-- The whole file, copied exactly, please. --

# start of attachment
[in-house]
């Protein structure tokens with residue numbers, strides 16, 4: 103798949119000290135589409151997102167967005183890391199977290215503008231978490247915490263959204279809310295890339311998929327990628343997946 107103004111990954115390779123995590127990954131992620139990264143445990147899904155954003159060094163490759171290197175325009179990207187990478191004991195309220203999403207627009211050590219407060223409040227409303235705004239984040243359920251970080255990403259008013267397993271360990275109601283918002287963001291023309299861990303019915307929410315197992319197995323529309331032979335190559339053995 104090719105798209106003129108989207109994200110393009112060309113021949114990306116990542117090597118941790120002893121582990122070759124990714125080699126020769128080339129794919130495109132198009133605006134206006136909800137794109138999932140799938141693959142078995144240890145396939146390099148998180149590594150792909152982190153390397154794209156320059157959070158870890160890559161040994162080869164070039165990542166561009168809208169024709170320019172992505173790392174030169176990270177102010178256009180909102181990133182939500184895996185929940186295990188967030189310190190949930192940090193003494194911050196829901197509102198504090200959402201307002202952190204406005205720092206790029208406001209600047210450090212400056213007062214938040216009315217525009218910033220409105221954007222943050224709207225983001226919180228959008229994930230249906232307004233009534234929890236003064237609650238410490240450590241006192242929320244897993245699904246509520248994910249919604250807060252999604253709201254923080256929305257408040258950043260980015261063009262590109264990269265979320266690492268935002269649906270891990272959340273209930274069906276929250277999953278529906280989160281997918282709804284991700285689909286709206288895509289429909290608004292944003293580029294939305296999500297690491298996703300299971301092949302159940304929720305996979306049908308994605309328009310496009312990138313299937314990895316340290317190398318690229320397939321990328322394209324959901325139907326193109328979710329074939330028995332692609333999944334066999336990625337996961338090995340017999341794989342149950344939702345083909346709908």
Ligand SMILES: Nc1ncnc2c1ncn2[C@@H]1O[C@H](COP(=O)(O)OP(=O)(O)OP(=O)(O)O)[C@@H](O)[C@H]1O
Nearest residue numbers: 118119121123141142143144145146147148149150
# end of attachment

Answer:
[in-house]
């Protein structure tokens with residue numbers, strides 16, 4: 103798949119000290135589409151997102167967005183890391199977290215503008231978490247915490263959204279809310295890339311998929327990628343997946 107103004111990954115390779123995590127990954131992620139990264143445990147899904155954003159060094163490759171290197175325009179990207187990478191004991195309220203999403207627009211050590219407060223409040227409303235705004239984040243359920251970080255990403259008013267397993271360990275109601283918002287963001291023309299861990303019915307929410315197992319197995323529309331032979335190559339053995 104090719105798209106003129108989207109994200110393009112060309113021949114990306116990542117090597118941790120002893121582990122070759124990714125080699126020769128080339129794919130495109132198009133605006134206006136909800137794109138999932140799938141693959142078995144240890145396939146390099148998180149590594150792909152982190153390397154794209156320059157959070158870890160890559161040994162080869164070039165990542166561009168809208169024709170320019172992505173790392174030169176990270177102010178256009180909102181990133182939500184895996185929940186295990188967030189310190190949930192940090193003494194911050196829901197509102198504090200959402201307002202952190204406005205720092206790029208406001209600047210450090212400056213007062214938040216009315217525009218910033220409105221954007222943050224709207225983001226919180228959008229994930230249906232307004233009534234929890236003064237609650238410490240450590241006192242929320244897993245699904246509520248994910249919604250807060252999604253709201254923080256929305257408040258950043260980015261063009262590109264990269265979320266690492268935002269649906270891990272959340273209930274069906276929250277999953278529906280989160281997918282709804284991700285689909286709206288895509289429909290608004292944003293580029294939305296999500297690491298996703300299971301092949302159940304929720305996979306049908308994605309328009310496009312990138313299937314990895316340290317190398318690229320397939321990328322394209324959901325139907326193109328979710329074939330028995332692609333999944334066999336990625337996961338090995340017999341794989342149950344939702345083909346709908």
Ligand SMILES: Nc1ncnc2c1ncn2[C@@H]1O[C@H](COP(=O)(O)OP(=O)(O)OP(=O)(O)O)[C@@H](O)[C@H]1O
Nearest residue numbers: 118119121123141142143144145146147148149150